Historic Case: On March 7, Marshall Islanders Call on World Court to Enforce Global Nuclear Disarmament

March 6th, 2016 - by admin

Rick Wayman and Sandy Jones / Nuclear Age Peace Foundation & Jackie Cabasso / International Campaign Against Nuclear Weapons – 2016-03-06 23:52:02


Oral Hearings on the Marshall Islands’
Nuclear Disarmament Cases to Begin at
The International Court of Justice

Rick Wayman and Sandy Jones / Nuclear Age Peace Foundation

(March 2, 2016) — On March 7, 2016, the International Court of Justice (ICJ), the world’s highest court, will begin hearings in The Hague, Netherlands, on the preliminary objections raised by the United Kingdom (UK), India and Pakistan in the nuclear disarmament cases brought by the Republic of the Marshall Islands (RMI).

The purpose of the hearings is for the Court to determine whether any legal obstacles prevent the cases from going forward to consideration on their merits.

These unprecedented lawsuits were submitted by the RMI to the ICJ on April 24, 2014. They aim to hold the nine nuclear-armed states (US, Russia, UK, France, China, Israel, India, Pakistan and North Korea) accountable for violating international law by failing to respect their nuclear disarmament obligations under the 1968 Nuclear Non-Proliferation Treaty (NPT) and customary international law.

The RMI, a tiny island nation in the Pacific, was used for 12 years, from 1946 to 1958, as a testing ground for nuclear bombs by the United States. Sixty-seven nuclear weapons were tested and the health and environmental effects of those tests still plague the Marshall Islanders to this day. The destructive power of the 1954 “Castle Bravo” nuclear test was 1,000 times greater than the bomb that destroyed the city of Hiroshima, Japan.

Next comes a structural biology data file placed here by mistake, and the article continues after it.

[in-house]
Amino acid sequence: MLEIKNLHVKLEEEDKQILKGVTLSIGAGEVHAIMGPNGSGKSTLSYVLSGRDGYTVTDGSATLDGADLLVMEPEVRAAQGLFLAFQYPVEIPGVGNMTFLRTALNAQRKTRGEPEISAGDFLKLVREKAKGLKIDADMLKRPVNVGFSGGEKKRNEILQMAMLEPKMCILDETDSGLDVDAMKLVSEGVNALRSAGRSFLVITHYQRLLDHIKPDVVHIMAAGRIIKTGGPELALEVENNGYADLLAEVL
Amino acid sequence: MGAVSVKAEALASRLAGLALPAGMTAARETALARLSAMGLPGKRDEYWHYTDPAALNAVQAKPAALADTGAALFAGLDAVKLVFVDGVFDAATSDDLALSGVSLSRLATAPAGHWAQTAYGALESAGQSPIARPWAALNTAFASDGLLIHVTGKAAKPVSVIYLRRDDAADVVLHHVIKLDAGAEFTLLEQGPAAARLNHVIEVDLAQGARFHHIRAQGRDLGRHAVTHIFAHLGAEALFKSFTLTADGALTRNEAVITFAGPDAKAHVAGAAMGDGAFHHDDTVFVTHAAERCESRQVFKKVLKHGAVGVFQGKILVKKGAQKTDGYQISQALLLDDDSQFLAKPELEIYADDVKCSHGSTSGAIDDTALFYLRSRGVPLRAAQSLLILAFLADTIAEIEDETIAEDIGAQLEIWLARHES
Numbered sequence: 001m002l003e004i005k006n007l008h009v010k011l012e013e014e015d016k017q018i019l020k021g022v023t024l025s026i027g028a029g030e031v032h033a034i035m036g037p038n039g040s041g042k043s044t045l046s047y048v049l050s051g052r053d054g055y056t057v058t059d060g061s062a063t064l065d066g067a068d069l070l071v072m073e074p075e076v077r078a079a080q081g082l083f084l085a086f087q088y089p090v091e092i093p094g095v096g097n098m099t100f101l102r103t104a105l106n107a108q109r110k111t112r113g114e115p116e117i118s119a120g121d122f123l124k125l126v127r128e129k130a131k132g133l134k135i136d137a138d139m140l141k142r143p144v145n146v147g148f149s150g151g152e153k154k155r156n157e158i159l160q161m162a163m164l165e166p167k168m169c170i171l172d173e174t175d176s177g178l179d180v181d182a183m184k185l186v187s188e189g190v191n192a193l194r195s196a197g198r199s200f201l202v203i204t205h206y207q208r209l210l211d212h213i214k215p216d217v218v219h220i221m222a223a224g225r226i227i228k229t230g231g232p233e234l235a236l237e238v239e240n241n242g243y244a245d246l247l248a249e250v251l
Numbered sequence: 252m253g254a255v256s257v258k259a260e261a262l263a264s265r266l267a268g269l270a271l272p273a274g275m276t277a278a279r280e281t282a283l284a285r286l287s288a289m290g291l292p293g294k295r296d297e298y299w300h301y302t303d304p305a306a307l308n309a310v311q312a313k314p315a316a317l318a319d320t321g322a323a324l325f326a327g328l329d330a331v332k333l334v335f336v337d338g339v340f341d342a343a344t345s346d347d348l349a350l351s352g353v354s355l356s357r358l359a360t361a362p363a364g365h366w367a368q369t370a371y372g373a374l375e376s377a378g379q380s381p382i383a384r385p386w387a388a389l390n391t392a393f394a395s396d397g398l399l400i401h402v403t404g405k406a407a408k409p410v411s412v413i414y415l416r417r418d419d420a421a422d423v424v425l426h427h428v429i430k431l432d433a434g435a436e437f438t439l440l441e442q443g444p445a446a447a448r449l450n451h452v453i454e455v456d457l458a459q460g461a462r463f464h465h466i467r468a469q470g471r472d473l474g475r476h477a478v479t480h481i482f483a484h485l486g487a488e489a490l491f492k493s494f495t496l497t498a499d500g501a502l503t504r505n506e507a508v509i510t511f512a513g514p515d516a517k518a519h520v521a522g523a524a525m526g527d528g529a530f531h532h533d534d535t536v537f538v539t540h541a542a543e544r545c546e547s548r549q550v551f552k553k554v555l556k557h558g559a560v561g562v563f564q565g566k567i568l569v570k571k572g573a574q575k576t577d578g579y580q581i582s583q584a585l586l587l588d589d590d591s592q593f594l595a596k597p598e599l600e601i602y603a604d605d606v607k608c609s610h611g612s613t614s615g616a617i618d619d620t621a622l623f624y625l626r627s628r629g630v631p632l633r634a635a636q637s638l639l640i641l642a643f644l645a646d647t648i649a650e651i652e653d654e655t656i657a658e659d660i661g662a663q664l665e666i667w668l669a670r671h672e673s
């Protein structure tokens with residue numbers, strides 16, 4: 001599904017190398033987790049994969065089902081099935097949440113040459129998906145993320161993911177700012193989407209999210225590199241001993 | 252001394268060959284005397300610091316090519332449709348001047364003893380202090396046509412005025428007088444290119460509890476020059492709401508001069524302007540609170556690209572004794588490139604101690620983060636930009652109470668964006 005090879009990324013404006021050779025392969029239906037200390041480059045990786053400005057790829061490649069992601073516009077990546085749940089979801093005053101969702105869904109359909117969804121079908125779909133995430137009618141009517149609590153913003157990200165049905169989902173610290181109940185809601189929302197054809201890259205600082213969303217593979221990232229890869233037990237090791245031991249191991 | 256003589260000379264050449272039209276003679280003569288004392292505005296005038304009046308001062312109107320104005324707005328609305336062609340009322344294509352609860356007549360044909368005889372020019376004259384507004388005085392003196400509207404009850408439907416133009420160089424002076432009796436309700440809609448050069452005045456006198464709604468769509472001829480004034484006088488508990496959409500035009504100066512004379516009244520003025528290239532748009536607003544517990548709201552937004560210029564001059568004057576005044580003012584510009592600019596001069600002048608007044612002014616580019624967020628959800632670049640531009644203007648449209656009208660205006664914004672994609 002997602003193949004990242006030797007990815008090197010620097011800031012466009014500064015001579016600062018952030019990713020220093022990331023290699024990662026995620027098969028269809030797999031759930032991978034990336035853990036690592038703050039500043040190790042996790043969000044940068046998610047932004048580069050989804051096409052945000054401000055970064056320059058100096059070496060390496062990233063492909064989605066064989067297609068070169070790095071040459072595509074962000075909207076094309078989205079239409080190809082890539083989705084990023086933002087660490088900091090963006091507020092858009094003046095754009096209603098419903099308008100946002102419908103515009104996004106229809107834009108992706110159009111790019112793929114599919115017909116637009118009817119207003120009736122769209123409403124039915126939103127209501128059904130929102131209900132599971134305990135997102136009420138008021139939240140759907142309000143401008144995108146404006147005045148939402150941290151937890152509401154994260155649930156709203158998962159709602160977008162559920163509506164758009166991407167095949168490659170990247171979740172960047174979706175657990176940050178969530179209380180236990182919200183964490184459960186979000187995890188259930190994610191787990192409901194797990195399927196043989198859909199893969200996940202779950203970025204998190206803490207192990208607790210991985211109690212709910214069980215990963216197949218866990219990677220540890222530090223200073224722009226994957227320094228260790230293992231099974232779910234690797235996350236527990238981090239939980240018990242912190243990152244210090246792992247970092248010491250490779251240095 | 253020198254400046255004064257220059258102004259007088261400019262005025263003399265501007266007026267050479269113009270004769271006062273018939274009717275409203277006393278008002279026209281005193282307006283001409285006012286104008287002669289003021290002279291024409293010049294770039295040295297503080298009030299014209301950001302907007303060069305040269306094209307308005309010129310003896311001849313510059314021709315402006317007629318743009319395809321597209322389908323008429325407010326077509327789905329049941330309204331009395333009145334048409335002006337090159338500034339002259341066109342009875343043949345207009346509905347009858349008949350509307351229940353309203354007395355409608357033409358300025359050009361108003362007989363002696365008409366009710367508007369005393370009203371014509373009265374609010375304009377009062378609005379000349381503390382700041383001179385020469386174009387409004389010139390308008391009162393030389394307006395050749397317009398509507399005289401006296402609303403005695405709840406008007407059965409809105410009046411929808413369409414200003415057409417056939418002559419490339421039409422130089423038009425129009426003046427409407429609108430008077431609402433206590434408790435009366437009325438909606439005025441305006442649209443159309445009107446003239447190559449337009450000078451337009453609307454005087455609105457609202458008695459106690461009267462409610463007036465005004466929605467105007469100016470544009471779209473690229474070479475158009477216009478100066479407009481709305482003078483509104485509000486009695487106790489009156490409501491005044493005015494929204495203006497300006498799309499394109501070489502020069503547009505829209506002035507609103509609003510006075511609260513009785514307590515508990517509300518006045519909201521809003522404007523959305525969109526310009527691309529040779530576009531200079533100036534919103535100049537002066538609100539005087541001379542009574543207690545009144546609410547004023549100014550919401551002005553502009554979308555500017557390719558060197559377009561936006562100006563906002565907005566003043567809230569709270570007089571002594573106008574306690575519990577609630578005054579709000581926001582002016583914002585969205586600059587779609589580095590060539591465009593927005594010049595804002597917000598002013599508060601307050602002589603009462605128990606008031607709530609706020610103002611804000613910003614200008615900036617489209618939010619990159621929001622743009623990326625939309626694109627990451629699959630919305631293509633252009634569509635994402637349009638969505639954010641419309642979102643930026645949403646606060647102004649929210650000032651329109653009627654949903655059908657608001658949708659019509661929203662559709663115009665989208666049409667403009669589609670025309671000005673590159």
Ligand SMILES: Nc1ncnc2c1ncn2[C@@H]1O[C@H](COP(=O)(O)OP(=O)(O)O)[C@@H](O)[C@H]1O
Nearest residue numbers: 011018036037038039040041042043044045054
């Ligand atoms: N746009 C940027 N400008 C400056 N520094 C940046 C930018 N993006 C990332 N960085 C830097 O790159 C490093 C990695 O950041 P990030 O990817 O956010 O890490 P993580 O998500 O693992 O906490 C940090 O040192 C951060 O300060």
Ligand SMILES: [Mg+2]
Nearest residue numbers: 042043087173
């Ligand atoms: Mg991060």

Tony de Brum, former Marshall Islands Foreign Minister and Co-Agent in the cases, said, “I have seen with my very own eyes nuclear devastation and know with conviction that nuclear weapons must never again be visited upon humanity.

Nuclear weapons are a senseless threat to survival and there are basic norms that compel those who possess them to pursue and achieve their elimination. This is the subject of legal action by my country at the International Court of Justice.”

Only the UK, India and Pakistan are appearing before the Court, since only they accept the compulsory jurisdiction of the ICJ. China, the US, Russia, France, Israel and North Korea have chosen to ignore the ICJ cases.

The UK case differs from the cases of India and Pakistan in that the UK is a party to the Nuclear Non-Proliferation Treaty and therefore is bound by Article VI of that treaty which requires states to pursue negotiations “in good faith” to end the nuclear arms race and achieve total nuclear disarmament. The Marshall Islands contends that India and Pakistan are bound by similar obligations under customary international law.

“From a legal perspective, the issues presented by these cases are ordinary ones, but a positive outcome will, spectacularly, change the world. We are, basically, asking the Court to tell the respondent states to live up to their obligations under international law and to conduct negotiations leading to the required result: nuclear disarmament in all its aspects,” said Phon van den Biesen, attorney at law in Amsterdam, Co-Agent for the RMI who is leading the International Legal Team.

With these cases the RMI asks the International Court of Justice to follow up on its earlier findings in the Advisory Opinion it delivered in 1996 on the illegality of the threat or use of nuclear weapons. At the time the Court considered that the continued international debate on the legality of these deadly weapons threatens the stability of the international order.

It added that “the long-promised complete nuclear disarmament appears to be the most appropriate means” to put an end to that untenable situation. (para. 98)

World leaders, international non-governmental organizations, world-class experts and Nobel Peace Laureates have offered strong support for the cases, denouncing nuclear weapons as immoral and illegal. (http://nuclearzero.org/#lastone).